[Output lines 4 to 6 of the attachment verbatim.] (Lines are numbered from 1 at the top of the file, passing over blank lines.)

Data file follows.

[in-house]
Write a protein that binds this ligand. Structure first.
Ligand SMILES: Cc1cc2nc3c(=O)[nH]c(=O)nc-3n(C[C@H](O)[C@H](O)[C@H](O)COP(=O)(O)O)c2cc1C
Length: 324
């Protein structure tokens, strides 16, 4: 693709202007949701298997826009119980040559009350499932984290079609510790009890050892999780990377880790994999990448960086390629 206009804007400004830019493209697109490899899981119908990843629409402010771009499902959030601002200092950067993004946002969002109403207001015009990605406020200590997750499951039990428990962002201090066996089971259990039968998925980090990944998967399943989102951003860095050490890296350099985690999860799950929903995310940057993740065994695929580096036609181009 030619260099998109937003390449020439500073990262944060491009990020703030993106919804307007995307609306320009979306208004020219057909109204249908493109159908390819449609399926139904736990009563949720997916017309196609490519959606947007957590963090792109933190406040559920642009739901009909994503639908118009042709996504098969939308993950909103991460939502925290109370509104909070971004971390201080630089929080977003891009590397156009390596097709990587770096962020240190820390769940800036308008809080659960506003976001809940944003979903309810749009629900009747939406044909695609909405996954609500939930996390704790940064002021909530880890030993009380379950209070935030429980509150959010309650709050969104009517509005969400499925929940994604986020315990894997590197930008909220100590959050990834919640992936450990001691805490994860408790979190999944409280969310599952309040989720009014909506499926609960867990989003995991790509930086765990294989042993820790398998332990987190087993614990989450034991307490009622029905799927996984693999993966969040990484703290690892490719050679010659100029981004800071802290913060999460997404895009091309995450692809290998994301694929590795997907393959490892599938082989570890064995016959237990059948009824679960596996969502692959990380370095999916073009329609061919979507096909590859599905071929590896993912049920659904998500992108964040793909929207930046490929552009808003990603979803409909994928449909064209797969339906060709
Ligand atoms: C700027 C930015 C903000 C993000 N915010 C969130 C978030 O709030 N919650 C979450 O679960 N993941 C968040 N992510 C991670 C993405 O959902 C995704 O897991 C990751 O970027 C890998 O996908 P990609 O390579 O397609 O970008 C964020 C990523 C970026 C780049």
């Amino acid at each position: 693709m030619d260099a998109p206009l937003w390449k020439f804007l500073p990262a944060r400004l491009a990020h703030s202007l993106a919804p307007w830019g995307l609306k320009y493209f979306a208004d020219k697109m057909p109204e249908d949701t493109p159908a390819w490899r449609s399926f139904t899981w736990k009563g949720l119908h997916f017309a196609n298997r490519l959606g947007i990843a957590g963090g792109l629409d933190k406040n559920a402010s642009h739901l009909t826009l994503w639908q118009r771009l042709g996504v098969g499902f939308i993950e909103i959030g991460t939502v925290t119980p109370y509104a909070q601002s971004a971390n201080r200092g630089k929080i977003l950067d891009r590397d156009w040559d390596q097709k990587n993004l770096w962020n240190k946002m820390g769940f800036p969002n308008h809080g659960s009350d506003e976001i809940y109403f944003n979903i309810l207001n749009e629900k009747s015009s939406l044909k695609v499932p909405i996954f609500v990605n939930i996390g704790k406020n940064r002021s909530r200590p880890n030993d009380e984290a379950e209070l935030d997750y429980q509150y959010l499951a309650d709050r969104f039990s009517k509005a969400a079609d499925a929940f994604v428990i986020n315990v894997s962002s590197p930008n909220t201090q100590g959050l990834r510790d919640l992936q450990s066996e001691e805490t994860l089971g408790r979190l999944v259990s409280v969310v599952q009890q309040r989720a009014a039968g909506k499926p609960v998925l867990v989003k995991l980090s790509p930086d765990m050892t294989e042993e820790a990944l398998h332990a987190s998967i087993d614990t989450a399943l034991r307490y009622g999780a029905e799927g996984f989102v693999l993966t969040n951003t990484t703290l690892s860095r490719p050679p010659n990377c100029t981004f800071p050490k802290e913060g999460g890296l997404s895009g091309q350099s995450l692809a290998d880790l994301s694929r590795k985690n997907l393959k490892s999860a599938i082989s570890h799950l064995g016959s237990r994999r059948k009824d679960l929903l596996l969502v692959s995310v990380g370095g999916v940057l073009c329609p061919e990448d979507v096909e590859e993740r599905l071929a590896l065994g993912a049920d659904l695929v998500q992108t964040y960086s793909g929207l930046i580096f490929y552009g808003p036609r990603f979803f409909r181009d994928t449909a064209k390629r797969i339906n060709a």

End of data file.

Length: 324
């Protein structure tokens, strides 16, 4: 693709202007949701298997826009119980040559009350499932984290079609510790009890050892999780990377880790994999990448960086390629 206009804007400004830019493209697109490899899981119908990843629409402010771009499902959030601002200092950067993004946002969002109403207001015009990605406020200590997750499951039990428990962002201090066996089971259990039968998925980090990944998967399943989102951003860095050490890296350099985690999860799950929903995310940057993740065994695929580096036609181009 030619260099998109937003390449020439500073990262944060491009990020703030993106919804307007995307609306320009979306208004020219057909109204249908493109159908390819449609399926139904736990009563949720997916017309196609490519959606947007957590963090792109933190406040559920642009739901009909994503639908118009042709996504098969939308993950909103991460939502925290109370509104909070971004971390201080630089929080977003891009590397156009390596097709990587770096962020240190820390769940800036308008809080659960506003976001809940944003979903309810749009629900009747939406044909695609909405996954609500939930996390704790940064002021909530880890030993009380379950209070935030429980509150959010309650709050969104009517509005969400499925929940994604986020315990894997590197930008909220100590959050990834919640992936450990001691805490994860408790979190999944409280969310599952309040989720009014909506499926609960867990989003995991790509930086765990294989042993820790398998332990987190087993614990989450034991307490009622029905799927996984693999993966969040990484703290690892490719050679010659100029981004800071802290913060999460997404895009091309995450692809290998994301694929590795997907393959490892599938082989570890064995016959237990059948009824679960596996969502692959990380370095999916073009329609061919979507096909590859599905071929590896993912049920659904998500992108964040793909929207930046490929552009808003990603979803409909994928449909064209797969339906060709
Ligand atoms: C700027 C930015 C903000 C993000 N915010 C969130 C978030 O709030 N919650 C979450 O679960 N993941 C968040 N992510 C991670 C993405 O959902 C995704 O897991 C990751 O970027 C890998 O996908 P990609 O390579 O397609 O970008 C964020 C990523 C970026 C780049």